CAVU also worked with the Sierra Club in northwestern New Mexico’s San Juan Valley looking at major areas of pollution. The first flight, which included tribal leaders from the Navajo Nation, highlighted the 2,500-square mile methane “hot spot” generated from natural gas extraction zones in the area. This methane cloud, first discovered by satellite imagery taken in 2003 accounts for approximately 10 percent of the entire United States methane emissions from natural gas. Methane in small amounts is harmless but in dense quantities there are serious repercussions for both the environment and inhabitants. Today the canary, used historically in mines to signal to miners that there was too much methane and too little oxygen, is no longer singing and we must address the major issues arising as a result of this toxic plume. More than 16 national parks, wilderness areas, and their watersheds in and around the Four Corners, including the prehistoric ruins and World Heritage Site Chaco Canyon, are being affected by this powerful greenhouse gas. Venting or flaring of nitrogen gas and methane extraction zones are contaminating ground-water and construction of new drilling sites and fracking continues with little oversight.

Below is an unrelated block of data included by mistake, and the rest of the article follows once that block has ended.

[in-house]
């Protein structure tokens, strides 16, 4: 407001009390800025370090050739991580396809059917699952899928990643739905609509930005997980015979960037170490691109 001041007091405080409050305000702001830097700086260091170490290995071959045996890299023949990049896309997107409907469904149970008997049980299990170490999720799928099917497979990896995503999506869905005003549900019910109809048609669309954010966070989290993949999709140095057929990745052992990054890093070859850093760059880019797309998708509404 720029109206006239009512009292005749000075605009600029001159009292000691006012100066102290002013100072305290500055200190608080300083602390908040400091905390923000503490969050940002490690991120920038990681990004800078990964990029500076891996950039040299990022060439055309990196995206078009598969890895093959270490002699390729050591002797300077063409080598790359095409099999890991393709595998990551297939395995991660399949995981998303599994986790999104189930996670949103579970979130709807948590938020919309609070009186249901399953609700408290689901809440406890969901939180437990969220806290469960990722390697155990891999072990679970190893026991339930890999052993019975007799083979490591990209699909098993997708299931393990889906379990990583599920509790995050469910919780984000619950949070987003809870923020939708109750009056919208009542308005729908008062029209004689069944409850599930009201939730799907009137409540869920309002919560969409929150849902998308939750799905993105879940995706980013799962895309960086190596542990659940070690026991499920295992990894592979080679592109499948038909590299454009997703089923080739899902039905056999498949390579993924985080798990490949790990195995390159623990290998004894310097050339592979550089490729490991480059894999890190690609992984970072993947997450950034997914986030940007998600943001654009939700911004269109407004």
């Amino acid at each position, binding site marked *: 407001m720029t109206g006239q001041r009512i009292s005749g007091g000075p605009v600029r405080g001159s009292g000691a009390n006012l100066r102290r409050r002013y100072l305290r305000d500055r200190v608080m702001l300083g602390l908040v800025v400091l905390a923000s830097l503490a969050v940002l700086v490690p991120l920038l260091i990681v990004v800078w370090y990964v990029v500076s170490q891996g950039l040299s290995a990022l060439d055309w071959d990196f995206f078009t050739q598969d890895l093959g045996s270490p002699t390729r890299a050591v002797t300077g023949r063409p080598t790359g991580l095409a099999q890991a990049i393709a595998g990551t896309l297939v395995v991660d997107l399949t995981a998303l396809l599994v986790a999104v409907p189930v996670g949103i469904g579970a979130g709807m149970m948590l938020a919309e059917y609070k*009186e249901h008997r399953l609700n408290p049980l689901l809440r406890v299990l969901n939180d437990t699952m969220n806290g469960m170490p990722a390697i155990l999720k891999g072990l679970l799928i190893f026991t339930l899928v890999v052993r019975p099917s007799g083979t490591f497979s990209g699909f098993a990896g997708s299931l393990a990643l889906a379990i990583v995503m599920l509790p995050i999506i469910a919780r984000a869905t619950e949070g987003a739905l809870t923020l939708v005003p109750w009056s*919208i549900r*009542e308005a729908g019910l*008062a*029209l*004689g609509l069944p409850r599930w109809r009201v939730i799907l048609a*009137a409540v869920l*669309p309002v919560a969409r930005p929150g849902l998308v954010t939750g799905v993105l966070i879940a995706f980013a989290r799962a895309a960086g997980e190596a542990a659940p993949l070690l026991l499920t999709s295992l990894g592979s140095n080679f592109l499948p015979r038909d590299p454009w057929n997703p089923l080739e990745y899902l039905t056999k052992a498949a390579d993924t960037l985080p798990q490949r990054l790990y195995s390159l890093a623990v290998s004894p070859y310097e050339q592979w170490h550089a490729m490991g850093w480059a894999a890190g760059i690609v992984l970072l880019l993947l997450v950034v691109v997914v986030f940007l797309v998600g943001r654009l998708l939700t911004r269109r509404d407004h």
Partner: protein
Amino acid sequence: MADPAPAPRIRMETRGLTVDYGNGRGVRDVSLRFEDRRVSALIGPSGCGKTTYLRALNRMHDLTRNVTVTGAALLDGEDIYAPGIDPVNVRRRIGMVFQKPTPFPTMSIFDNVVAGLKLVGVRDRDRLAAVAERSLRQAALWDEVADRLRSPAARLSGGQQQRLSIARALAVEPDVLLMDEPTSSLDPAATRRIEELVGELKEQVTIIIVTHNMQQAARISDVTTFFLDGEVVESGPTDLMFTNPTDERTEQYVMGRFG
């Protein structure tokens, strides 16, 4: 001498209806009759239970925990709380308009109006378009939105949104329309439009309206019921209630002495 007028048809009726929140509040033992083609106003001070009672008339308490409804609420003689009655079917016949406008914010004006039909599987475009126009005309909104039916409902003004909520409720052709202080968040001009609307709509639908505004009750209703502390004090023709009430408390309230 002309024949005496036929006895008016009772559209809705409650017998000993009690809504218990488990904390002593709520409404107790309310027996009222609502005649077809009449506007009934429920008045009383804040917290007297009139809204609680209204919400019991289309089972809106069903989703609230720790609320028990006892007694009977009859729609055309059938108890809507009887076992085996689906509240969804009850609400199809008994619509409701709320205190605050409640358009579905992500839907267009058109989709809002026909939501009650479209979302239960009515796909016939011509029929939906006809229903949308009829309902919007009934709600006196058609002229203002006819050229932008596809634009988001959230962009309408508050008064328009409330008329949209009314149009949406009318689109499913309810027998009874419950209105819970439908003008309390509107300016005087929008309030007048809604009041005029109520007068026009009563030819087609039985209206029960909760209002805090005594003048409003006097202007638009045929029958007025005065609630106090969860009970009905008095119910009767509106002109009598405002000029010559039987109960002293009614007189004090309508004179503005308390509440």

Asthma attacks, increased respiratory problems, permanent lung damage and, in extreme cases, premature death are attributed or exacerbated by the pollution within the adjacent populations. Between 2007 and 2012 these healthcare problems have cost the public over 240 million dollars. The push for the Public Regulations Commission to approve stipulations governing the drilling is ongoing. These issues are complex and do not lend themselves to a quick fix. CAVU is committed to continue working with its partners in the Four Corners and the San Juan Valley.